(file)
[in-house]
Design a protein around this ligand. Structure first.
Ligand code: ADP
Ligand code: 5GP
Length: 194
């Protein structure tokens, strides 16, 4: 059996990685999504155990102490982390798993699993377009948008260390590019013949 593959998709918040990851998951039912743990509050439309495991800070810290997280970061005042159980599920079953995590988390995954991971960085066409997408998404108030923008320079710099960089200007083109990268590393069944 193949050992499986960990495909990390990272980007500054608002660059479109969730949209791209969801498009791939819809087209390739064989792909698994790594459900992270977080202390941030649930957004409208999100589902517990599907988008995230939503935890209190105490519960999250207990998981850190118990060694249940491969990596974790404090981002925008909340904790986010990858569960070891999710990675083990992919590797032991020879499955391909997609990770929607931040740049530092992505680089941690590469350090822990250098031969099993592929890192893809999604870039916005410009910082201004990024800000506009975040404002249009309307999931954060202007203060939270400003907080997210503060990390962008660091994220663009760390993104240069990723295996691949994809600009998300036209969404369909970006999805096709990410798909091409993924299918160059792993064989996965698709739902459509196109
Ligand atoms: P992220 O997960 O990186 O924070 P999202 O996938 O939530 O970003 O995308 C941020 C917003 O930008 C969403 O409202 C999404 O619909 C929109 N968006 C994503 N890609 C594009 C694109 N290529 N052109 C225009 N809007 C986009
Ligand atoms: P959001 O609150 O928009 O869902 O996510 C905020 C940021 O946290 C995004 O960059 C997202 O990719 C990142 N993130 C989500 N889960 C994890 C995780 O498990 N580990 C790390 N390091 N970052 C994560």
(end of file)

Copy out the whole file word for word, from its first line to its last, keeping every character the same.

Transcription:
[in-house]
Design a protein around this ligand. Structure first.
Ligand code: ADP
Ligand code: 5GP
Length: 194
């Protein structure tokens, strides 16, 4: 059996990685999504155990102490982390798993699993377009948008260390590019013949 593959998709918040990851998951039912743990509050439309495991800070810290997280970061005042159980599920079953995590988390995954991971960085066409997408998404108030923008320079710099960089200007083109990268590393069944 193949050992499986960990495909990390990272980007500054608002660059479109969730949209791209969801498009791939819809087209390739064989792909698994790594459900992270977080202390941030649930957004409208999100589902517990599907988008995230939503935890209190105490519960999250207990998981850190118990060694249940491969990596974790404090981002925008909340904790986010990858569960070891999710990675083990992919590797032991020879499955391909997609990770929607931040740049530092992505680089941690590469350090822990250098031969099993592929890192893809999604870039916005410009910082201004990024800000506009975040404002249009309307999931954060202007203060939270400003907080997210503060990390962008660091994220663009760390993104240069990723295996691949994809600009998300036209969404369909970006999805096709990410798909091409993924299918160059792993064989996965698709739902459509196109
Ligand atoms: P992220 O997960 O990186 O924070 P999202 O996938 O939530 O970003 O995308 C941020 C917003 O930008 C969403 O409202 C999404 O619909 C929109 N968006 C994503 N890609 C594009 C694109 N290529 N052109 C225009 N809007 C986009
Ligand atoms: P959001 O609150 O928009 O869902 O996510 C905020 C940021 O946290 C995004 O960059 C997202 O990719 C990142 N993130 C989500 N889960 C994890 C995780 O498990 N580990 C790390 N390091 N970052 C994560």